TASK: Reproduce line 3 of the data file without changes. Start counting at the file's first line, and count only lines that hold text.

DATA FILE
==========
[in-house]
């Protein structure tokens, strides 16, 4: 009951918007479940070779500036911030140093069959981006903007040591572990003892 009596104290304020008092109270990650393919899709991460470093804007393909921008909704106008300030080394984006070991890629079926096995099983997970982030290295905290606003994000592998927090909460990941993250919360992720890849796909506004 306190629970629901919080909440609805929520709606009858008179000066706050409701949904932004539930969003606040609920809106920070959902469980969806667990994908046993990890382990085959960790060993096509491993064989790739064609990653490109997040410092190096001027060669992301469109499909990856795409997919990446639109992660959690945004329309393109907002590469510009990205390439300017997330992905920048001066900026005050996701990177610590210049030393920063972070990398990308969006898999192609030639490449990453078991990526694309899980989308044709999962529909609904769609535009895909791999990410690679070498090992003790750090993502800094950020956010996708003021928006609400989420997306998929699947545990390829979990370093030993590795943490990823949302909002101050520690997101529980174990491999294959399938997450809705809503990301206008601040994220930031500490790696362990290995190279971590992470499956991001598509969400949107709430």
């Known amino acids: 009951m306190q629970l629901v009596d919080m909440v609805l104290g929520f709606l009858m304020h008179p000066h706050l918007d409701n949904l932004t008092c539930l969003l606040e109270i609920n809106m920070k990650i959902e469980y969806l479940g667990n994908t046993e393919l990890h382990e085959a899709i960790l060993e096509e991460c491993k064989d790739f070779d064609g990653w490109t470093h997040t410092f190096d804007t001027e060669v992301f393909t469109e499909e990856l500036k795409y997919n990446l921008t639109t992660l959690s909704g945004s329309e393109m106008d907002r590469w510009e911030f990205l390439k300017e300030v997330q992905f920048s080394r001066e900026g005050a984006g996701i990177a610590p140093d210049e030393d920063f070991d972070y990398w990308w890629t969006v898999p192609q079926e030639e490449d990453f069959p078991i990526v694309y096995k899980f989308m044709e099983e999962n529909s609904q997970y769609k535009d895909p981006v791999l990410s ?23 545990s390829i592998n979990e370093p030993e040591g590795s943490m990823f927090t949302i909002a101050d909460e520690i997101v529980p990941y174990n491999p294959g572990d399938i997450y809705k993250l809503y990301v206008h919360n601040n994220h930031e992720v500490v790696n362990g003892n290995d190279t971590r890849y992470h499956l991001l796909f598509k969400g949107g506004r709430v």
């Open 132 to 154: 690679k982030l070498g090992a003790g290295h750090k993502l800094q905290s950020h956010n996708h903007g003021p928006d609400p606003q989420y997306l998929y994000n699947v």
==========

């Known amino acids: 009951m306190q629970l629901v009596d919080m909440v609805l104290g929520f709606l009858m304020h008179p000066h706050l918007d409701n949904l932004t008092c539930l969003l606040e109270i609920n809106m920070k990650i959902e469980y969806l479940g667990n994908t046993e393919l990890h382990e085959a899709i960790l060993e096509e991460c491993k064989d790739f070779d064609g990653w490109t470093h997040t410092f190096d804007t001027e060669v992301f393909t469109e499909e990856l500036k795409y997919n990446l921008t639109t992660l959690s909704g945004s329309e393109m106008d907002r590469w510009e911030f990205l390439k300017e300030v997330q992905f920048s080394r001066e900026g005050a984006g996701i990177a610590p140093d210049e030393d920063f070991d972070y990398w990308w890629t969006v898999p192609q079926e030639e490449d990453f069959p078991i990526v694309y096995k899980f989308m044709e099983e999962n529909s609904q997970y769609k535009d895909p981006v791999l990410s ?23 545990s390829i592998n979990e370093p030993e040591g590795s943490m990823f927090t949302i909002a101050d909460e520690i997101v529980p990941y174990n491999p294959g572990d399938i997450y809705k993250l809503y990301v206008h919360n601040n994220h930031e992720v500490v790696n362990g003892n290995d190279t971590r890849y992470h499956l991001l796909f598509k969400g949107g506004r709430v």